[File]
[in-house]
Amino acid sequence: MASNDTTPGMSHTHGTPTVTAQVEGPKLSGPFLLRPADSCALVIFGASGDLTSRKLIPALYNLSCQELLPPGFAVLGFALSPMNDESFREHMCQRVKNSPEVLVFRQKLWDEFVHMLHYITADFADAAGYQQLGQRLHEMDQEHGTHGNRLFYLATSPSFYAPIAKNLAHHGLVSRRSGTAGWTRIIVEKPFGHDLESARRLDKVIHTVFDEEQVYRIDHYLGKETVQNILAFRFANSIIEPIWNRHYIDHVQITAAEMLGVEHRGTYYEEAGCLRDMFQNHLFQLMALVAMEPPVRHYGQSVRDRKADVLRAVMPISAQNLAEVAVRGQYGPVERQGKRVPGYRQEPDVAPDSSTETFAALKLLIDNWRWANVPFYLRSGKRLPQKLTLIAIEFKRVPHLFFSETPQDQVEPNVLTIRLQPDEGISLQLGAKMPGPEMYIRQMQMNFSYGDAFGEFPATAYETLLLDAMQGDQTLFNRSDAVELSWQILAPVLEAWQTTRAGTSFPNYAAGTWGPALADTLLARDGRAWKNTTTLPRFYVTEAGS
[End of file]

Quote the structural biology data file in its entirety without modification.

[in-house]
Amino acid sequence: MASNDTTPGMSHTHGTPTVTAQVEGPKLSGPFLLRPADSCALVIFGASGDLTSRKLIPALYNLSCQELLPPGFAVLGFALSPMNDESFREHMCQRVKNSPEVLVFRQKLWDEFVHMLHYITADFADAAGYQQLGQRLHEMDQEHGTHGNRLFYLATSPSFYAPIAKNLAHHGLVSRRSGTAGWTRIIVEKPFGHDLESARRLDKVIHTVFDEEQVYRIDHYLGKETVQNILAFRFANSIIEPIWNRHYIDHVQITAAEMLGVEHRGTYYEEAGCLRDMFQNHLFQLMALVAMEPPVRHYGQSVRDRKADVLRAVMPISAQNLAEVAVRGQYGPVERQGKRVPGYRQEPDVAPDSSTETFAALKLLIDNWRWANVPFYLRSGKRLPQKLTLIAIEFKRVPHLFFSETPQDQVEPNVLTIRLQPDEGISLQLGAKMPGPEMYIRQMQMNFSYGDAFGEFPATAYETLLLDAMQGDQTLFNRSDAVELSWQILAPVLEAWQTTRAGTSFPNYAAGTWGPALADTLLARDGRAWKNTTTLPRFYVTEAGS